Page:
All About Content

Female Bloggers Dodge Harassment, Threats

Posted by Melanie Phung on Tuesday, May 1, 2007 at 11:26 pm

Very disturbing article in the Washington Post yesterday. According to Sexual Threats Stifle Some Female Bloggers, “women, who make up about half the online community, are singled out in more starkly sexually threatening terms — a trend that was first evident in chat rooms in the early 1990s and is now moving to the blogosphere.”

The author of the wonderful blog Creating Passionate Users is facing death threats. She’s just one of innumerable numbers of women who have stopped blogging or participating in online communities because of intimidation and sexual threats. The moral dilemma for me is that she says the more attention she’s getting, the worse it gets. I’m struggling over whether we other bloggers should drop the subject entirely and get her name out of the spotlight. But this is an important issue to me and I think it needs to be discussed — and nothing I say or don’t say will change this situation. What makes some people so vile? And what is it about the anonymity of the Web that turns already-vile people into full-blown sociopaths? And, specifically, whence this hostility toward women? And why?!

Some people critize female bloggers who decide to exit the space after being threatened and harassed as being thin-skinned; they say it’s “just talk”. I think those people probably have pretty poor instincts.

It reminds me of an interesting aphorims I read once: In The Gift of Fear (a book I haven’t read but have seen referenced many times), Gavin De Becker says that at core, men are afraid that women will laugh at them; and at core, women are afraid men will kill them.

I don’t know anyone who’s laughing.

Updated May 7, 2007:
Slate has an article that mirrors some of my thoughts on the issue (i.e., why “just ignore it” isn’t an actual solution to the problem).


Comments (2)

Category: Blogging,User Behavior


Comment by Johnny

Made Wednesday, 2 of May , 2007 at 1:12 pm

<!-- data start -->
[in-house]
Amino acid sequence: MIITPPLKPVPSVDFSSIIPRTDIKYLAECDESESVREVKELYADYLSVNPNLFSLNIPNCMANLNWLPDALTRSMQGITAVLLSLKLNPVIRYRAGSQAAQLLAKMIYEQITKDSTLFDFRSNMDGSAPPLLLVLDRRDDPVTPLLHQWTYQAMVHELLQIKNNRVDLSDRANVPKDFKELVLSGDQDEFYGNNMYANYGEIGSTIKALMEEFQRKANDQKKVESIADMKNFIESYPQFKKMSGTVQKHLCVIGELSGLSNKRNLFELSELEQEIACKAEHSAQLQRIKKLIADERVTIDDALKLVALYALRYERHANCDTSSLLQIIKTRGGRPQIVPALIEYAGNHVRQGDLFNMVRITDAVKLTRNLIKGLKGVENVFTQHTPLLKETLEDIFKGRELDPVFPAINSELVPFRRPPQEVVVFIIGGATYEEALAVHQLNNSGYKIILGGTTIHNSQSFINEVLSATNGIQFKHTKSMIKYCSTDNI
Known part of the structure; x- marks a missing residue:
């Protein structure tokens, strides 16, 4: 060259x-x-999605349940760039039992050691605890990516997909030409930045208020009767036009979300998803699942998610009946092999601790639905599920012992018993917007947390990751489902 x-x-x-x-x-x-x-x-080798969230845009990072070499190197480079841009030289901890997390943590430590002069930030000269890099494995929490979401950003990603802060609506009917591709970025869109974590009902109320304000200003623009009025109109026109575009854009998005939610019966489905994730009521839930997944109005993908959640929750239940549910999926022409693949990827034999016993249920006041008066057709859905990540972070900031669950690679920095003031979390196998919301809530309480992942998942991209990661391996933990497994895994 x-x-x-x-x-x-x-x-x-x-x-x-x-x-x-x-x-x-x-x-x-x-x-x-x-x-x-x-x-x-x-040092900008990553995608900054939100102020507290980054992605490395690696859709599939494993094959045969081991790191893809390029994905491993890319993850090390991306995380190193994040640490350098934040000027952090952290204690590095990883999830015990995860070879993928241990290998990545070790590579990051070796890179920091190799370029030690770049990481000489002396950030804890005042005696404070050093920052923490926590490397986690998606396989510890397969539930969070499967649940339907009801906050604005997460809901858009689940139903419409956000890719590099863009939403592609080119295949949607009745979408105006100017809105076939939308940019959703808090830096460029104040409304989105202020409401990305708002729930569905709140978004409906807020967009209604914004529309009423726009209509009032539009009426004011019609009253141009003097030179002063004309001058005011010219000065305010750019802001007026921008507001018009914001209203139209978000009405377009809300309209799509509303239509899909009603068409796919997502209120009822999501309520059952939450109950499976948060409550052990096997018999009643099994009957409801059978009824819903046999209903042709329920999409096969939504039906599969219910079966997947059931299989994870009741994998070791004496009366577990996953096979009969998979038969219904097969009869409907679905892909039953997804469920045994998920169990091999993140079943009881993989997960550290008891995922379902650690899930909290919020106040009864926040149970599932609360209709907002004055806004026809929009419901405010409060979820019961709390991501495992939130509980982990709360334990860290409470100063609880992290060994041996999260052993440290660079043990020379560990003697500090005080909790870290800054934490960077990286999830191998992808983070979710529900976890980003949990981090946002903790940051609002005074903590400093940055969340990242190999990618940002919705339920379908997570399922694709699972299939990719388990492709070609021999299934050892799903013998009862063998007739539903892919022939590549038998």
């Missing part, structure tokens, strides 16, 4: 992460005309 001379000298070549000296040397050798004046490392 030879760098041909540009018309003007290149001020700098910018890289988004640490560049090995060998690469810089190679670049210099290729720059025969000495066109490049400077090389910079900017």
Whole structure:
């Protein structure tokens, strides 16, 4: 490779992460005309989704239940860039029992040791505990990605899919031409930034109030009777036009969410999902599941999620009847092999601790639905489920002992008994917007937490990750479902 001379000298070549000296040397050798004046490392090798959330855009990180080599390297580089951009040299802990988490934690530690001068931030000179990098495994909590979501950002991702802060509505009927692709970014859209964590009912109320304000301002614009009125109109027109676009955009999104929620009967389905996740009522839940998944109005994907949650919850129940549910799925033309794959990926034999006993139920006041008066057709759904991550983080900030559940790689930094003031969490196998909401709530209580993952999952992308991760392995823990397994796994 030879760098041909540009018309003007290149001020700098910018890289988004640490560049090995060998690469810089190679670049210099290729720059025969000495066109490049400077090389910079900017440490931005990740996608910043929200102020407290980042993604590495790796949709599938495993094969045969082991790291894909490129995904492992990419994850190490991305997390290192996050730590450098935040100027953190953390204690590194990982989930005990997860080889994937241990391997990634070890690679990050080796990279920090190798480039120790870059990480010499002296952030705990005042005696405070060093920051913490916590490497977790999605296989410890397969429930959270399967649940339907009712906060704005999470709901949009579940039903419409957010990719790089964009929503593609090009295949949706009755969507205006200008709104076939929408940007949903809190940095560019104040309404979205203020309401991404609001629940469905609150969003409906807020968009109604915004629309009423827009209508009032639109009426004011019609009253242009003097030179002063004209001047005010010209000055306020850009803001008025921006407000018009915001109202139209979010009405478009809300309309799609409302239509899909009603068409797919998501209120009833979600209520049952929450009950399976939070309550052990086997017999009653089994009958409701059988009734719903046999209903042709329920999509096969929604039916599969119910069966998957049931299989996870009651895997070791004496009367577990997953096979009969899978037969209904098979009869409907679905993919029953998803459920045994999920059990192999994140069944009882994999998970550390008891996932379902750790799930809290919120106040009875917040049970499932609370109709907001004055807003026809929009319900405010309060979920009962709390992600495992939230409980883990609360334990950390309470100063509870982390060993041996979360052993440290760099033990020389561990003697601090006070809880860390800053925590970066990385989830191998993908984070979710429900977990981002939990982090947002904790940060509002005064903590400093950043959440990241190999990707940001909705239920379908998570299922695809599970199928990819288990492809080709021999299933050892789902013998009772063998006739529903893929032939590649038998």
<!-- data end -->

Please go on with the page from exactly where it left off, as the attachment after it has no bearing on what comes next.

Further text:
“Some people criticize female bloggers who decide to exit the space after being threatened and harassed as being thin-skinned; they say it’s “just talk”. I think those people probably have pretty poor instincts.”

I would never critcize a female blogger for exiting because in the end, it’s her call. But it is “just talk”. It’s a low risk event, made even lower by the fact that the people have left trails talking about it — trails that can only lead back to them. So they are unlikely to do anything now, if they were likely to have done something they would have done it. Which may not be a comforting thought to women, but it’s true act when choosing behind trying to get attention by threats and actually doing something. These threateners just want attention not to do anything real.

She is still much more likely to be hurt in a traffic accident than she is by anyone threatening her through the comments of her blog and other blogs in this fashion.

Ignoring them is the best way to handle them, reacting to them is the worst.

Comment by Melanie Phung

Made Wednesday, 2 of May , 2007 at 2:09 pm

I do have sympathy for your point of view. And that’s generally how I feel about low-level bullying that just rises to the level of annoying. But sexually-explicit death threats are, IMO, in a different category.

The point isn’t really whether to react to the threats or not, or that the police might be able to trace the harassers via IP address if something did happen.

Kathy herself sums it up well:
“It really doesn’t make much difference whether the person intends to act on the threat… it’s the threat itself that inflicts the damage.

While I understand that it’s statistically probably that I’ll be in (another) traffic accident sometime soon, this thought doesn’t carry with it the sort of psychological terror that comes from knowing there are people “just talking” about torturing you. For every hundred people who “just talk” there’s probably one person who’d act on that sort of encouragement from an anonymous mob. And these people are posting her photo and address everywhere… I don’t know how one is supposed to ignore that. The odds of being stalked may be statistically low for any one individual in society, but that doesn’t mean it isn’t a very real and present danger for certain people who are singled out for whatever reason.

It just makes me sad that this is the level of discourse the Web fosters (among other, more “noble” things, too, of course).

Sorry, the comment form is closed at this time.